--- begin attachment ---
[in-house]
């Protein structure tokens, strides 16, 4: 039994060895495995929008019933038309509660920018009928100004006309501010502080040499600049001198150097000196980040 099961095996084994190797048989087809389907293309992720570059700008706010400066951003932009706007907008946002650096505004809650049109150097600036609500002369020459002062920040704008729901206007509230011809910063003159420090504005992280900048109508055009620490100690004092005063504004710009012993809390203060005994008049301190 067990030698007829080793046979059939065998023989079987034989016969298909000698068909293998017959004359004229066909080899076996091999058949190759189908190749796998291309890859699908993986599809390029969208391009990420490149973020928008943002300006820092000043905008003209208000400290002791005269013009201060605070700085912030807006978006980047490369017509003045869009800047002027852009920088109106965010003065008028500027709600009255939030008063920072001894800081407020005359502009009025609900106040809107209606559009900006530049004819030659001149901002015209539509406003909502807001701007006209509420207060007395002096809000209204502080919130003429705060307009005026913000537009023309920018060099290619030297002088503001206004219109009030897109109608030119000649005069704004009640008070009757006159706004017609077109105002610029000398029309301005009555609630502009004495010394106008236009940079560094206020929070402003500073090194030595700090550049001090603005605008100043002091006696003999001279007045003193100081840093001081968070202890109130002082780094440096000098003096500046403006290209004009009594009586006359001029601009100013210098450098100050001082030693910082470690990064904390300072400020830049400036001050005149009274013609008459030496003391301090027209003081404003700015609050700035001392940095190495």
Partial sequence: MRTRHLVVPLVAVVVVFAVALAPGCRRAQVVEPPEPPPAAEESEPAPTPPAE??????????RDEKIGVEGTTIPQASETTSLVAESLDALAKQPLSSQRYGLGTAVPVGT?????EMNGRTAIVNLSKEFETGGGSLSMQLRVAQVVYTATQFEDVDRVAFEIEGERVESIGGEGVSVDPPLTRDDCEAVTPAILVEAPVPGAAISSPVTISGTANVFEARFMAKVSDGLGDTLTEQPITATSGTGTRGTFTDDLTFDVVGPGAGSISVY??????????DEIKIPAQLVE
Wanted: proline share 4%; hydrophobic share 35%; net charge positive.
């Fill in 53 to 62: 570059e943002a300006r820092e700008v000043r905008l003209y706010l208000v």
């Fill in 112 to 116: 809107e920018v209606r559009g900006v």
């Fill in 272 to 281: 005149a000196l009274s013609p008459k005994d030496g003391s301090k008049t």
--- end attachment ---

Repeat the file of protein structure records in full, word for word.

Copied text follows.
[in-house]
């Protein structure tokens, strides 16, 4: 039994060895495995929008019933038309509660920018009928100004006309501010502080040499600049001198150097000196980040 099961095996084994190797048989087809389907293309992720570059700008706010400066951003932009706007907008946002650096505004809650049109150097600036609500002369020459002062920040704008729901206007509230011809910063003159420090504005992280900048109508055009620490100690004092005063504004710009012993809390203060005994008049301190 067990030698007829080793046979059939065998023989079987034989016969298909000698068909293998017959004359004229066909080899076996091999058949190759189908190749796998291309890859699908993986599809390029969208391009990420490149973020928008943002300006820092000043905008003209208000400290002791005269013009201060605070700085912030807006978006980047490369017509003045869009800047002027852009920088109106965010003065008028500027709600009255939030008063920072001894800081407020005359502009009025609900106040809107209606559009900006530049004819030659001149901002015209539509406003909502807001701007006209509420207060007395002096809000209204502080919130003429705060307009005026913000537009023309920018060099290619030297002088503001206004219109009030897109109608030119000649005069704004009640008070009757006159706004017609077109105002610029000398029309301005009555609630502009004495010394106008236009940079560094206020929070402003500073090194030595700090550049001090603005605008100043002091006696003999001279007045003193100081840093001081968070202890109130002082780094440096000098003096500046403006290209004009009594009586006359001029601009100013210098450098100050001082030693910082470690990064904390300072400020830049400036001050005149009274013609008459030496003391301090027209003081404003700015609050700035001392940095190495």
Partial sequence: MRTRHLVVPLVAVVVVFAVALAPGCRRAQVVEPPEPPPAAEESEPAPTPPAE??????????RDEKIGVEGTTIPQASETTSLVAESLDALAKQPLSSQRYGLGTAVPVGT?????EMNGRTAIVNLSKEFETGGGSLSMQLRVAQVVYTATQFEDVDRVAFEIEGERVESIGGEGVSVDPPLTRDDCEAVTPAILVEAPVPGAAISSPVTISGTANVFEARFMAKVSDGLGDTLTEQPITATSGTGTRGTFTDDLTFDVVGPGAGSISVY??????????DEIKIPAQLVE
Wanted: proline share 4%; hydrophobic share 35%; net charge positive.
């Fill in 53 to 62: 570059e943002a300006r820092e700008v000043r905008l003209y706010l208000v």
């Fill in 112 to 116: 809107e920018v209606r559009g900006v």
């Fill in 272 to 281: 005149a000196l009274s013609p008459k005994d030496g003391s301090k008049t």